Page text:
To further illustrate the way in which the present systems and methods can improve mobile (and mixed) communications, consider illustrative exemplary FIG. 3 showing a communication system according to one or more embodiments hereof.

A server 310 or cluster of servers performing communications functions are coupled to at least one communications port, similar to the arrangement described earlier with respect to server 110. Through the communication network or networks, server 310 is in communication with a subscriber 320 of a mobile device (which can also be effectively interchangeably used with the subscriber 320 thereof where appropriate). In addition, server 310 is in communication with a contact 330 using another communications device, e.g., a personal computing device as previously described (which can be effectively interchangeably used with the contact 330 thereof where appropriate).

Server 310 is further coupled to, and in some embodiments can include, a tracking module or component, or tracker 340 to be described below. In addition, seamer 310 can include or be coupled to a watch module or component, or watcher 350 to be described below. Note that the watcher 350 can merely be a component or module of the tracker 340, but may be implemented as a separate component.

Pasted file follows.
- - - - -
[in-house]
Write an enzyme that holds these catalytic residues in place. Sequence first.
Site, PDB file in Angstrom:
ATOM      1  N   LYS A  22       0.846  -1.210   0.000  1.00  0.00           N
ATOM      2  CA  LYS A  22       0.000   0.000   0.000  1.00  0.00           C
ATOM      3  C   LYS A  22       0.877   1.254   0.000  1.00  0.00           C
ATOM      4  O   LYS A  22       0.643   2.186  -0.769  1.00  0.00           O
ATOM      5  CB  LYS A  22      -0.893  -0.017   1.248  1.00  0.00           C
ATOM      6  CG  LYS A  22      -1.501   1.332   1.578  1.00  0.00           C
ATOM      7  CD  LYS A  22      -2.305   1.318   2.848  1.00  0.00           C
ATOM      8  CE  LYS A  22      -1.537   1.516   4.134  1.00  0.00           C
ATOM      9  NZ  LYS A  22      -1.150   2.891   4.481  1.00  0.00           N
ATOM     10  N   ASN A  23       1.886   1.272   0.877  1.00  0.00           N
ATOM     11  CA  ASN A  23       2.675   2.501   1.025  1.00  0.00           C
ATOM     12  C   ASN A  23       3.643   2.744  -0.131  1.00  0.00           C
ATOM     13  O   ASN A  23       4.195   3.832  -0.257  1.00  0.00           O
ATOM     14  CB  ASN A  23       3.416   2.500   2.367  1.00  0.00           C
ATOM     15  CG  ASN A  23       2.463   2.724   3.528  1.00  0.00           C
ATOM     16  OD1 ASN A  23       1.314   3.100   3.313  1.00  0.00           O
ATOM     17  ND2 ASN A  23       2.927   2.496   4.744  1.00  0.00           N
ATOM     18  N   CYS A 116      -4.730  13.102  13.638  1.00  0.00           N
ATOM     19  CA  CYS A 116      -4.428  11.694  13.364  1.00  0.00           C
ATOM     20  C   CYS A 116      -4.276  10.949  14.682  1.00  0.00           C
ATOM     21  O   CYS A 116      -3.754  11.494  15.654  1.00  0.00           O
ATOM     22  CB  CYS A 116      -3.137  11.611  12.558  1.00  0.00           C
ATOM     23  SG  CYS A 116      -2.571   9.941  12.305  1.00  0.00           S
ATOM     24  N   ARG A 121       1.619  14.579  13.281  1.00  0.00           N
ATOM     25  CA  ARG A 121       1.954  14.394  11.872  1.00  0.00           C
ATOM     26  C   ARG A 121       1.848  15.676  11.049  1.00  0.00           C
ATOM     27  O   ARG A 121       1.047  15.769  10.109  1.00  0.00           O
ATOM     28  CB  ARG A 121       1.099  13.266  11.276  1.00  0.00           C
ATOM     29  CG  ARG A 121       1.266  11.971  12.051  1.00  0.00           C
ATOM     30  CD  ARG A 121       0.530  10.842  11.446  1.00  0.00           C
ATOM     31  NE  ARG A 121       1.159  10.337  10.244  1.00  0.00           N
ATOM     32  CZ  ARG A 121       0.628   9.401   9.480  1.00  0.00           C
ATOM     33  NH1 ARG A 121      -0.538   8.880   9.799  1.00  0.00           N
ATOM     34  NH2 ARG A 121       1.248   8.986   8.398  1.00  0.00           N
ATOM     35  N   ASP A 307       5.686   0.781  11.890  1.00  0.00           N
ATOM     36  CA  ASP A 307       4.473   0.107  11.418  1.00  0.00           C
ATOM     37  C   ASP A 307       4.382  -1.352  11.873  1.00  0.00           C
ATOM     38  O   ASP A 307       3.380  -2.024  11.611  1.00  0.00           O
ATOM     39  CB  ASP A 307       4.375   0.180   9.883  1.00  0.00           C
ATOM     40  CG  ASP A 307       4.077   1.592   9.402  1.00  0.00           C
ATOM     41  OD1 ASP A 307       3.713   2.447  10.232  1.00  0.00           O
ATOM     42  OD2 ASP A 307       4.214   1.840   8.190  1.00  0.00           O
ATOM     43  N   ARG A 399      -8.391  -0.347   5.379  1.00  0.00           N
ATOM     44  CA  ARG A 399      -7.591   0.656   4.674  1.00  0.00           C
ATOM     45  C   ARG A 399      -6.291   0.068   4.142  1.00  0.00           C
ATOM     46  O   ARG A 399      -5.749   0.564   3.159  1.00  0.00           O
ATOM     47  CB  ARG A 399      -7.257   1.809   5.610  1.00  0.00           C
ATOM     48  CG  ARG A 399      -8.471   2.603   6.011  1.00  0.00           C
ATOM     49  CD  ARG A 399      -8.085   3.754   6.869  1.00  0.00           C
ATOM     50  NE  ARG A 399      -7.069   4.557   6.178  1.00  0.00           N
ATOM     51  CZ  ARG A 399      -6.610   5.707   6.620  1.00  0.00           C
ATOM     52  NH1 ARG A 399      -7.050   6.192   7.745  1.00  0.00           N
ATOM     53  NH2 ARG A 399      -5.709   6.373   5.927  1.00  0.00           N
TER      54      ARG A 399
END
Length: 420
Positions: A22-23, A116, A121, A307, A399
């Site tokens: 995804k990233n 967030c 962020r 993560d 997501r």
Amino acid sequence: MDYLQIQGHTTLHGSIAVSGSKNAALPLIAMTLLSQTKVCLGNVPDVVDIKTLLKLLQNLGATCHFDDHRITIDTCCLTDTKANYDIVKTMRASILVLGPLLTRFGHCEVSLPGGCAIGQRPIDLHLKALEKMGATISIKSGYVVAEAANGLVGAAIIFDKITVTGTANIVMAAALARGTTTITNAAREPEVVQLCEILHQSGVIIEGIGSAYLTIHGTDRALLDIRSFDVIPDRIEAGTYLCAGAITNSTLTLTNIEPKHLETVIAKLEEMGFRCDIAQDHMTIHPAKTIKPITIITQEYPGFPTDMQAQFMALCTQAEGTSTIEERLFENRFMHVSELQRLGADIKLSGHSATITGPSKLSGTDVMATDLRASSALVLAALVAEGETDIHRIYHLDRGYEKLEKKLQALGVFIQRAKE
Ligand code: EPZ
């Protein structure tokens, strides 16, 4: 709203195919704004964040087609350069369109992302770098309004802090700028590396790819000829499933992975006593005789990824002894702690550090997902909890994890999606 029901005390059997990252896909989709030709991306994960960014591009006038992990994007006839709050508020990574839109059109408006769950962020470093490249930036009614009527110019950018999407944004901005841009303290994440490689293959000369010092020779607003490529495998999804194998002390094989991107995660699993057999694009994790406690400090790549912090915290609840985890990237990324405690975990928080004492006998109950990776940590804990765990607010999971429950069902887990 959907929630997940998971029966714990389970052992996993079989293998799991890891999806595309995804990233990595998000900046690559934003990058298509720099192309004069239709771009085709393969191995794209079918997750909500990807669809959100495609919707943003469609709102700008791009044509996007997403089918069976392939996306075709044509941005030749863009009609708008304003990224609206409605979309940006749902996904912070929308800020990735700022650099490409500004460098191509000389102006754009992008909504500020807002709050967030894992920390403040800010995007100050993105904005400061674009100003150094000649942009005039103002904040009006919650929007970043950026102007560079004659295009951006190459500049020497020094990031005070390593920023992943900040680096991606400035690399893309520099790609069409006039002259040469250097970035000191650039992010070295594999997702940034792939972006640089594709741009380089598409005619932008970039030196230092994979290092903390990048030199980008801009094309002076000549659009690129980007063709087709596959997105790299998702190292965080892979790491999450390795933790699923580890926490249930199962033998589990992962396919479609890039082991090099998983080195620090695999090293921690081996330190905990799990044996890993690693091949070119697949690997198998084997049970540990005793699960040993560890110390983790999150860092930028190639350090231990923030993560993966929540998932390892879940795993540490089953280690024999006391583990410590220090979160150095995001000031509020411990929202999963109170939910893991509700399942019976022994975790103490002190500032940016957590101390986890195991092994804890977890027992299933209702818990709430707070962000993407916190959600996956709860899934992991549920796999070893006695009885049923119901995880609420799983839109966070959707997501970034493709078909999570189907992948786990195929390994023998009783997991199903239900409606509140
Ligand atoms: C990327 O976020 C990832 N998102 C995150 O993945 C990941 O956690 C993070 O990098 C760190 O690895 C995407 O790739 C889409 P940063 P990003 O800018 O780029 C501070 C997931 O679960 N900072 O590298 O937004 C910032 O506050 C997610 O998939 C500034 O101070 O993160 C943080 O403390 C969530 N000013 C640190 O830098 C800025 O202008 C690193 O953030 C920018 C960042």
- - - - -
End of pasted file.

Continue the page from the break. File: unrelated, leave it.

The tracker 340 and watcher 350 can be implemented as best fit for a particular application. In some embodiments, the tracker 340 and watcher 350 include hardware and/or software that enable computer-readable instructions and electronic logic operations to perform tracking and watching functions, as discussed herein. For example, separate tracking and watching software modules may be installed and run on server 310 or an associated machine to yield signals and results In a computing apparatus (e.g., a server) or processor to carry out the present steps and comprise the present system. As a further example, dedicated or substantially principally dedicated processor hardware can be included in or in association with server 310 to provide the tracking and watching features hereof.